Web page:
Buoy 10 opens Aug. 1 with expected catch of 20,000 hatchery coho in August and September.

All areas could close sooner if catch quotas are achieved.

OCEAN SPORT FISHERY OPTION THREE

22,500 chinook (40,000 last year and closed in 2016), and 16,800 hatchery-marked coho (18,900 last year and closed in 2016).

lwaco (Area 1) would be open daily from July 1 through Sept. 3 with a 8,400 hatchery coho and 6,600 chinook quota. Daily limit is two salmon and no more than one may be a chinook.

Westport (Area 2) would be open Sundays through Thursdays only from July 1 through Sept. 3 with 6,210 hatchery coho and 10,600 chinook quota. Daily limit is two salmon and no more than one may be a chinook.

La Push (Area 3) would be open daily July 1 through Sept. 3 with 440 hatchery coho and 1,300 chinook. Daily limit is two salmon.

Neah Bay (Area 4) would be open daily July 1 through Sept. 3 with 1,750 hatchery coho and 4,000 chinook. Daily limit is two salmon except no chum beginning Aug. 1. Beginning Aug. 1, chinook non-retention east of Bonilla-Tatoosh line during council managed ocean fishery.

Buoy 10 opens Aug. 1 with expected catch of 25,000 hatchery coho in August and September.

All areas could close sooner if catch quotas are achieved.

Upcoming meetings

The first North of Falcon meeting where anglers should get a glimpse of early Puget Sound salmon fishing options is this Tuesday (March 20) from 9 a.m. to 3 p.m. at DSHS Building, 1115 Washington Street S.E. in Olympia. The follow-up North of Falcon meeting is April 3 from 9:30 a.m. to 5 p.m. at Lynnwood Embassy Suites, 20610 44th Ave. West in Lynnwood.

The final seasons will be adopted at the Pacific Fishery Management Council meetings on April 6-11 at Sheraton Portland Airport Hotel, 8235 N.E. Airport Way in Portland, Oregon.

In meantime public is being accepted on the WDFW website at https://wdfw.wa.gov/fishing/northfalcon/. You can also view a list of other public meetings as well as salmon run-size forecasts.

Backcountry Gear Starters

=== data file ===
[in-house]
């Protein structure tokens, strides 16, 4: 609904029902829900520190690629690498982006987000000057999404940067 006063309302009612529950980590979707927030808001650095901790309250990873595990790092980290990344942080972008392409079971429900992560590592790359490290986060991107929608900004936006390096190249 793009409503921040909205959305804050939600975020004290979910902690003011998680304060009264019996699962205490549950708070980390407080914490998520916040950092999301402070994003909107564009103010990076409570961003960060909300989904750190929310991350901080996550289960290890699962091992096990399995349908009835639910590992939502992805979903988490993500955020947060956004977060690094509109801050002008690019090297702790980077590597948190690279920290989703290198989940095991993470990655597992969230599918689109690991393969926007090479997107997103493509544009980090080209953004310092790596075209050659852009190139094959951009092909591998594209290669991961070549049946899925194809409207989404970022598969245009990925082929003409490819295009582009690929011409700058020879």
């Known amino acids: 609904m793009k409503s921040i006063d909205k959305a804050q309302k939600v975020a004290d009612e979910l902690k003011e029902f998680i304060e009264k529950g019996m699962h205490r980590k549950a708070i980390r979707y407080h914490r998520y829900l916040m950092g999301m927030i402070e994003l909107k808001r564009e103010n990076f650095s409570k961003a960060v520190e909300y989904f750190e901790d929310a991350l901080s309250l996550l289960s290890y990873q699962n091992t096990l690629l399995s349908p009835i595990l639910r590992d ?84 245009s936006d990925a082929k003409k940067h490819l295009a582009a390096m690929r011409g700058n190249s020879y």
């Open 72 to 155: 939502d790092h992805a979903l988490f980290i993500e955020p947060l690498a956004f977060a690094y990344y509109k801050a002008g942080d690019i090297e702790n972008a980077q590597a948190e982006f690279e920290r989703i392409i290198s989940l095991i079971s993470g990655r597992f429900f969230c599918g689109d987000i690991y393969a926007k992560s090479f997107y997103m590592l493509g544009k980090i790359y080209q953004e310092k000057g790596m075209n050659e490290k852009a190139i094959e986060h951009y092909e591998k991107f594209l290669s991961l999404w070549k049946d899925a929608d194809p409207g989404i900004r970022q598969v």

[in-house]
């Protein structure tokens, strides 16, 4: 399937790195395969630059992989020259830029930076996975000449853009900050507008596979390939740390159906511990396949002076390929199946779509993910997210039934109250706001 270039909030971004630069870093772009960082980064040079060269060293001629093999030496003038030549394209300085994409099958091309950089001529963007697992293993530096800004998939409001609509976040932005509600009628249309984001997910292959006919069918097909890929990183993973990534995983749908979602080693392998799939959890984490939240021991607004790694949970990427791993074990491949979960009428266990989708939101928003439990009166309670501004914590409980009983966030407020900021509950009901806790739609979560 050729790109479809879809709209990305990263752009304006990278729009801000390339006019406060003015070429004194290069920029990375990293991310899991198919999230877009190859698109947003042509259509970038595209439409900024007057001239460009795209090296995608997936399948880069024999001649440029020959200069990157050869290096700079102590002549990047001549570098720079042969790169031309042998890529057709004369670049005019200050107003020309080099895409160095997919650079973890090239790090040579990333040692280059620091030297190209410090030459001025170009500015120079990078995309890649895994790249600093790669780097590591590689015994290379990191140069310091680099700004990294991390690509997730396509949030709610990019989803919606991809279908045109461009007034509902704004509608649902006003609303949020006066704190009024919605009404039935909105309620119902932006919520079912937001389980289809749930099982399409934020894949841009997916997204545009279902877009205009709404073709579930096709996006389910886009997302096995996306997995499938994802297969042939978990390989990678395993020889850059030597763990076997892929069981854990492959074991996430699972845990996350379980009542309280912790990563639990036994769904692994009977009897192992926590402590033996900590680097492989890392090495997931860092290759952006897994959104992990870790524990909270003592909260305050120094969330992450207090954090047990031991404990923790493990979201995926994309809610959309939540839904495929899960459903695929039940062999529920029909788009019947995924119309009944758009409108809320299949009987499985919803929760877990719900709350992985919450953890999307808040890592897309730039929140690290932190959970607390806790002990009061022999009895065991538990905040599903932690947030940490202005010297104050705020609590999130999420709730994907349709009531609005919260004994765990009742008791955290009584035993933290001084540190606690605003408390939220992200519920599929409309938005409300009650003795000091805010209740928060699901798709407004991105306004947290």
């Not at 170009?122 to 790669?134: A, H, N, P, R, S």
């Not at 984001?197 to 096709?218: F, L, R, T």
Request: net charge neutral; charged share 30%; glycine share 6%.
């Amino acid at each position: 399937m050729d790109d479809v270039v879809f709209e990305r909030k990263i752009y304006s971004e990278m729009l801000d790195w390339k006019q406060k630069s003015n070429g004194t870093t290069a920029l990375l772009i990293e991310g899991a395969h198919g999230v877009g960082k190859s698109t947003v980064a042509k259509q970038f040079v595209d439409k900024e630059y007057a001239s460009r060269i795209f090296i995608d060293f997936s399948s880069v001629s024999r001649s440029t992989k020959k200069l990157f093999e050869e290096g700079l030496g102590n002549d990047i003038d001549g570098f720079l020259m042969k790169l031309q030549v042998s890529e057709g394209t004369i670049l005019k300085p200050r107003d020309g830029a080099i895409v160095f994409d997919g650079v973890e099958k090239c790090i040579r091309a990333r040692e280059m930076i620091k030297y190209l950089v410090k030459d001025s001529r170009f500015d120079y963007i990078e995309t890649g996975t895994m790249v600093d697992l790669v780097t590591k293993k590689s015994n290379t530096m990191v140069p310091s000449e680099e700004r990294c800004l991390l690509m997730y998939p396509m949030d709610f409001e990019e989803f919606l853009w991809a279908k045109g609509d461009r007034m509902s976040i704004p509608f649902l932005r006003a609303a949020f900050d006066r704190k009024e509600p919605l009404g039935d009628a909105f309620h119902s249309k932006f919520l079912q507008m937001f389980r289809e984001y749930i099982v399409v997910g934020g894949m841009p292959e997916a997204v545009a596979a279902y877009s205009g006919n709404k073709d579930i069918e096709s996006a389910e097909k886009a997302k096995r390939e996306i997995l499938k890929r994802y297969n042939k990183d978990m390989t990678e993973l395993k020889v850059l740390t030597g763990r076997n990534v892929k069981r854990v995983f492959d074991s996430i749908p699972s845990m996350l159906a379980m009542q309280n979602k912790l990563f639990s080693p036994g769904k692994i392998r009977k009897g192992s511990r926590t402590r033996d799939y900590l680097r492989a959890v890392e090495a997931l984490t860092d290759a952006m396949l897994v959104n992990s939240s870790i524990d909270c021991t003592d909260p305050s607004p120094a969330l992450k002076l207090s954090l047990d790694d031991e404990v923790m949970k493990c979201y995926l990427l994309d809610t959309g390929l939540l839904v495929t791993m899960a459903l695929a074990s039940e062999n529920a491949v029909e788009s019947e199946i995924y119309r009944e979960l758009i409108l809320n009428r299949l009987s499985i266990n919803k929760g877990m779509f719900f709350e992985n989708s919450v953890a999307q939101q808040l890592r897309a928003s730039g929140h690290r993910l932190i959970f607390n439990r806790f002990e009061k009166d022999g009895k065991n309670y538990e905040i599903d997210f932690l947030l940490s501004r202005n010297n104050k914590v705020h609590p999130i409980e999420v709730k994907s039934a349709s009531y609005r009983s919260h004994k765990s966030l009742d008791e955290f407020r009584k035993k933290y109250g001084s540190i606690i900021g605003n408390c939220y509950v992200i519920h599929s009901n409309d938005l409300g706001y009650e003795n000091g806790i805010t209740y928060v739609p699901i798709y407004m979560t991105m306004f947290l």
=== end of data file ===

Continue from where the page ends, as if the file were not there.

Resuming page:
Gear to get you started hunting the backcountry

by Jason Brooks

For the backcountry hunter and hikers there really is no “off season” but instead the “adjustment season”. When the snows are too deep to get safely into the high country then it is time to organize and critique our gear. Veteran backcountry explorers know that mending, cleaning, and evaluating gear is an important part of success. For those that are new to the backcountry game this is the time to research and gain knowledge on what you really need in the high country. Here are a few tips to get a novice started as well as reminder for the experienced backcountry hunter to go thru their gear and purchase any necessities for the coming season.

Tents and tarps should be lightweight shelters to get you out of the weather-Jason Brooks

Shelter

Probably the most important gear is your shelter and it can vary depending on the season you plan to hunt as well as where you prefer to hunt. For hunters that find themselves along the Cascade crest or high elevations then rain and even snow is not uncommon during the early September “High Hunt” in Washington. I’ve spent so many nights in a “bivvy bag” during a rainstorm that I now prefer to put some extra weight into my pack by using a three season, two-person tent. When I am joined by a hunting companion we split the load and I carry a three-person tent and they carry other shared items.

Teepee’s and “hot tents” are becoming very popular in the backcountry these days, as well. These lightweight nylon tarp shelters are easy to pitch and when combined with a titanium stove you can stay warm during the surprise snow storm and dry out after an afternoon rain squall. One drawback is that most models don’t use a floor as this adds a lot of weight.

Campfire cooked trout is a delight in the high country-Jason Brooks

Food

Back in the “good ole’ days” the MRE, or Meal Ready to Eat, perfected in the finest kitchens the U.S. Military could find, at the lowest bid of course, meant we gorged on high calorie, high sodium, food that would live well past our lifetime. They are heavy and produced a lot of garbage with their packaging. Since then freeze dried meals started showing up in our packs and now there are many supplements we can add throughout our day to increase our energy. Check out some of the products by MtnOps. And when it comes to coffee, it’s hard to beat a fresh brewed cup and thanks to some innovative processing and packaging Ascent Packs from Dark Timber Coffee makes it easy to have a morning cup of coffee in the backcountry.